Once upon a time, I worked in a crumbling old archaic and beautiful institution*. Within its many walls, two worlds co-existed side by side, adjacent and sometimes overlapping, but utterly distinct and separate and unrecognisable from one another in character and experience.
One was the dazzling front-of-house public veneer, and one was the creaking, chokingly toxic, behind-the-scenes underbelly.
If you didn’t spend much time beyond the locked and pass-coded “Staff Only” doors, you might think it would be a wondrous place to work. You might even desire it and daydream about it! How wrong you would be. Within days or weeks or even just hours you would realise that all was not as it seemed. That this was a venue that you might describe as all fur coat and no knickers.
For behind the scenes was a carved up and disjointed landscape of independent fiefdoms. Multiple departments of highly stratified staff worked in isolation from one another, cloistered away in different offices or cubicles and even in different buildings. Which would be fine, except that nobody ever organised cohesive staff meetings. Introverted staff could be left alone in their corner from one end of the year to the other. You could work there for years and walk past corridors where there were hermit-like staff that never came out. I used to think it all suited the nature of the academic’s psyche – that academics liked working alone, even in the window-less deepest reaches of old attics. I think there is a level of obsessiveness required to be a researcher. Extreme focus is how you become an expert. The place was full of them.
But expertise will come at a price if you don’t go for some fresh air, have lunch and talk to other people every now and then.
Not that many staff didn’t meet up for tea and lunch and socialise together. Only for teabreaks did staff detach from their desks at all. Because there were no staff-wide meetings, it was only over scones that anything new ever happened. It was your own loss if you missed out what was happening by not attending teabreaks. Here, and only amongst the more extroverted characters, ideas formed and schemes hatched as to how to convince decision-makers that new initiatives were good.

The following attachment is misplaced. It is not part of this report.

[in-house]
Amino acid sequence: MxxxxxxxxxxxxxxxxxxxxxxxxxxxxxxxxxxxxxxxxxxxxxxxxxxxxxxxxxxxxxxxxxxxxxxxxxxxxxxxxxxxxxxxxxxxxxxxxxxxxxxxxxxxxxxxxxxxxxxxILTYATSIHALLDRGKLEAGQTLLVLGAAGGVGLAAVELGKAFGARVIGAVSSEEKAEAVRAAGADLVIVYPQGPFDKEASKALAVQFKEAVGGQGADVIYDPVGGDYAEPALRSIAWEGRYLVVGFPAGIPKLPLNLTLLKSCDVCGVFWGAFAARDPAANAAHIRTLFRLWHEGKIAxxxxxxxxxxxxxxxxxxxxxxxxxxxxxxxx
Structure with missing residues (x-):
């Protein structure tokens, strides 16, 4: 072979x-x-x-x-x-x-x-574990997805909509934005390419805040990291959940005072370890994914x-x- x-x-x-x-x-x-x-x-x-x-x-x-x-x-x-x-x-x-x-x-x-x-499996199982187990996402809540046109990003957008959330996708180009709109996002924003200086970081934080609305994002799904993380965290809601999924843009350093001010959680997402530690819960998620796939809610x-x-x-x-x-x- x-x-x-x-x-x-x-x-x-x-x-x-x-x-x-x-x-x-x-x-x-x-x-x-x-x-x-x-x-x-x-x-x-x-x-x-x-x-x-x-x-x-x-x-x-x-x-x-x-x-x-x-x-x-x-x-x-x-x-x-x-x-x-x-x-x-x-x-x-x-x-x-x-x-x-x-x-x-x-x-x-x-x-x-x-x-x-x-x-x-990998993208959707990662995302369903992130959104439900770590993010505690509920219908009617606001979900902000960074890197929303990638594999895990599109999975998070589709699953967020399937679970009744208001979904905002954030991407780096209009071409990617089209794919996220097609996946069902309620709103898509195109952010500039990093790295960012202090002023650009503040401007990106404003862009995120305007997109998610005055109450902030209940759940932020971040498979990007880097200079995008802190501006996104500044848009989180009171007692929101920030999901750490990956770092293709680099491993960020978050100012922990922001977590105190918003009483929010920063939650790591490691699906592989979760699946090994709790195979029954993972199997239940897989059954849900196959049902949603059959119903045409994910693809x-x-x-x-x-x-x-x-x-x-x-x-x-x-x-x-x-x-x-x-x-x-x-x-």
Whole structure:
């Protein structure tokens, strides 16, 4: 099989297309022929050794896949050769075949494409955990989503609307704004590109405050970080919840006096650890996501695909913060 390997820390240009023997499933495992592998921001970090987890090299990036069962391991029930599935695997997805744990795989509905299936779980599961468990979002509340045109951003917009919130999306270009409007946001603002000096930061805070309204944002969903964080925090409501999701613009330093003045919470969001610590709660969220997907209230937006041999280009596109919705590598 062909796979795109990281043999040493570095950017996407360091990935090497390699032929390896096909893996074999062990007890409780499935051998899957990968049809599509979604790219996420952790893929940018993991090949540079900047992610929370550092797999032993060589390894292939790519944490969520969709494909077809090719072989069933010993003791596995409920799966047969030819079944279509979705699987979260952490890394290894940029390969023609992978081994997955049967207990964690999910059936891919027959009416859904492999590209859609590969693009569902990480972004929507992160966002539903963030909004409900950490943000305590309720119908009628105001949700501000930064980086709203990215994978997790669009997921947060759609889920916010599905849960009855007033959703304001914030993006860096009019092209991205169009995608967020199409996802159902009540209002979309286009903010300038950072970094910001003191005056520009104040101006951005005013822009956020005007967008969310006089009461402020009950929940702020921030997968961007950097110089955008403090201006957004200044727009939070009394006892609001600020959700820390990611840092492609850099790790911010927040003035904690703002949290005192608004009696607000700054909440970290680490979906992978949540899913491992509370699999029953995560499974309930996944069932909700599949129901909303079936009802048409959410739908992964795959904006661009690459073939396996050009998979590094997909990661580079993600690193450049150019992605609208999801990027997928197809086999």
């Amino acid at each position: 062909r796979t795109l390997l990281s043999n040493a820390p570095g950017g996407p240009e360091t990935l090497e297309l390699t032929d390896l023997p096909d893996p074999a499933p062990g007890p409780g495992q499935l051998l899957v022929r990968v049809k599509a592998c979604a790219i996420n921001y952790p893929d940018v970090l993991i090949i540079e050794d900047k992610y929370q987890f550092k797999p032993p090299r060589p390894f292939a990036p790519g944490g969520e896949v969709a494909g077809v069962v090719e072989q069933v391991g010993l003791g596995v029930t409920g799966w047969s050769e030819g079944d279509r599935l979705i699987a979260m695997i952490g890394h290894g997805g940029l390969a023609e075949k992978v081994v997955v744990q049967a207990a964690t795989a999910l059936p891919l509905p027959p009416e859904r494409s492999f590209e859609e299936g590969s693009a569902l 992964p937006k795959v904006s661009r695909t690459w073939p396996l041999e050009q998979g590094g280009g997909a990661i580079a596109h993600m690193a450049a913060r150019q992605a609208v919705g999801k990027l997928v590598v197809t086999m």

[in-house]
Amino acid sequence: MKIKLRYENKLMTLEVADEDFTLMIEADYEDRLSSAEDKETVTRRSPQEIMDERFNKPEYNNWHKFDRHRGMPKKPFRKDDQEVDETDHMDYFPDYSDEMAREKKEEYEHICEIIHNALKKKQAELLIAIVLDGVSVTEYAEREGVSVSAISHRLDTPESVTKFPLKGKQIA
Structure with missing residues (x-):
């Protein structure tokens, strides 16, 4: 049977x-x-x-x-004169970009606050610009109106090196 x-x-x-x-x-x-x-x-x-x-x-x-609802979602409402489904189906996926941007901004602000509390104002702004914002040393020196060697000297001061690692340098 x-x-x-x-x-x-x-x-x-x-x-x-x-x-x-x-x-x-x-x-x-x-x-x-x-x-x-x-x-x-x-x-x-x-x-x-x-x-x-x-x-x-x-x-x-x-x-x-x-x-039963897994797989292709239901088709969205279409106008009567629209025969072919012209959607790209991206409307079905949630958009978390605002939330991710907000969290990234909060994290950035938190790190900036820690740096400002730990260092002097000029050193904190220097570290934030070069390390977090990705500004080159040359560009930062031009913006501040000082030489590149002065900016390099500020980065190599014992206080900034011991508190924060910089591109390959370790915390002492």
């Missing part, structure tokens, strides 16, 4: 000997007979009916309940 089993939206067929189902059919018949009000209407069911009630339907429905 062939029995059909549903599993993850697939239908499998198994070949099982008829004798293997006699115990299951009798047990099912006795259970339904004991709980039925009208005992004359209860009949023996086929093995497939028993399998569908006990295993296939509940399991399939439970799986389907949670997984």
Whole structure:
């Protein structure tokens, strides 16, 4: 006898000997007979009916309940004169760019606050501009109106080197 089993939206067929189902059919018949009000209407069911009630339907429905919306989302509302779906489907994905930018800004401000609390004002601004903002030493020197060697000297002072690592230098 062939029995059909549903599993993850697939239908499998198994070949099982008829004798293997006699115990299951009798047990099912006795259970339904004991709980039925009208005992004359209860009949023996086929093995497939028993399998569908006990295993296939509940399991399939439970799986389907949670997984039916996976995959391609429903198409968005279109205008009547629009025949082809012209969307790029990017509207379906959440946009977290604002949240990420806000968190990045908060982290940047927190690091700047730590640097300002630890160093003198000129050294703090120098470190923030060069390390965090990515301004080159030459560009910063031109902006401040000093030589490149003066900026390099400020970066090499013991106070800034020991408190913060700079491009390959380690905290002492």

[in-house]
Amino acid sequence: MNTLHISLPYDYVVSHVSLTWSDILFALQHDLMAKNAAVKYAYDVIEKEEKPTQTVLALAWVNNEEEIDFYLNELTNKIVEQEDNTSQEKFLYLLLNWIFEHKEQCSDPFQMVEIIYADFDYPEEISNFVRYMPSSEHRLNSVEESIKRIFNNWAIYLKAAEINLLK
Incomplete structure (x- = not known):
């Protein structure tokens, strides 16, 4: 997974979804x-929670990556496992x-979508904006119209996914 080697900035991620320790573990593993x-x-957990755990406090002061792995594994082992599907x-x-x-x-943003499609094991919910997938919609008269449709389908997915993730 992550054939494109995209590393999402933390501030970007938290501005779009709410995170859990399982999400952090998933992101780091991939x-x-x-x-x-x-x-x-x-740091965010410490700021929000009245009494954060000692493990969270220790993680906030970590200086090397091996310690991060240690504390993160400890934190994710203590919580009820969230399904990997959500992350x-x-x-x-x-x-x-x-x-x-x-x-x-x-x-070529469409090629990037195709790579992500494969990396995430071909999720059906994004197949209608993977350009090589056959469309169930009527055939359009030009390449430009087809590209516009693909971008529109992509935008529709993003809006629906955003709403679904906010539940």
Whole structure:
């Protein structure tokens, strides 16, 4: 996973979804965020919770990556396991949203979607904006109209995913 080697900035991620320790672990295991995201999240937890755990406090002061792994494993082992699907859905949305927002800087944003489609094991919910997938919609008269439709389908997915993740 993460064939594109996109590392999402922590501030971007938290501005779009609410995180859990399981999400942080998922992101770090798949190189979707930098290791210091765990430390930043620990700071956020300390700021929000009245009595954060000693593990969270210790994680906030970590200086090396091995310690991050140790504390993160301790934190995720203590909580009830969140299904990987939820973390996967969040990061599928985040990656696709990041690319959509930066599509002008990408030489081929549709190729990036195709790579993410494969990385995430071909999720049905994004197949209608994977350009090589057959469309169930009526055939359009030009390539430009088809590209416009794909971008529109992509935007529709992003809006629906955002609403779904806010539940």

But the extraordinarily hierarchical staffing structure meant that decision-making was a nightmare. The Hierarchy seemed to be held in great regard, especially by those who operated from within its ranks. Relative to the amount of staff, there were loads of bosses, meaning that a single member of staff could answer to a Supervisor who answered to a Manager who answered to a Higher Manager who answered to a single overall manager – referred to here as The Great Boss – who seemingly answered to a Board, but truthfully everyone in the entire place was answerable to The Great Boss, including the Board who never set foot in the place anyway and nobody was sure whether they even existed at all.
The Higher Managers all had big important meetings together around mahogany tables and made big important decisions that got emailed out to the rest of the organisation every now and then, with no warning or explanation or consultation.
And that would seriously piss off everyone else in the entire place. If this was fed back to the Higher Managers, all they could do was shrug and say nothing because this was the entitlement of their role and in “time-honoured tradition” this is the way it had always been and always would be, and one day if other staff were promoted to Higher Management then they would also do it the way it had always had been done, because that was their entitlement now too and nothing would ever change.
In fact change was not welcomed at all. Vibrant new proposals may or may not be indulgently listened to, but almost never ever approved. A persistent young enthusiastic female like me was nothing but a bemusing nuisance. Ideas from lower grades of staff (don’t forget how important the Hierarchy was here) were a repugnance. Really, only Higher Management got to think up ideas.
Most other junior staff knew not to provoke Higher Management with ideas. They knew to respect the tradition. But not even with their mahogany tables and their decision-making and their big important emails out to “All Users” were the Higher Managers happy. Not even when they had the power to think up Ideas for new projects were they happy. The entire organisation lived in fear of The Great Boss, but nobody feared him as much as the Higher Managers. Higher Managers would pale before visitations of the Great Boss. He could never appear without warning, because a highly-stressed staff is always highly alert to its stressors and The Great Boss was the greatest stressor of all. His whereabouts was always vigilantly communicated by phone to everyone else in that corner of that building at that time.
Nobody had even to mention his name or his title, all they had to do was phone and say “HE”:
“he is here.”
“he is downstairs.”
“he is outside the door now.”
And without a hello or a goodbye, the phoneline would click off and go dead.
No matter how much preparation was laid before a visitation, that one overlooked impossible detail or that one tiny nonsensical transgression would put Higher Managers into spins of incoherent babbling before his wrath.
That’s unless The Great Boss was in good form. These days were known as the days When the Great Boss had had his Weetabix.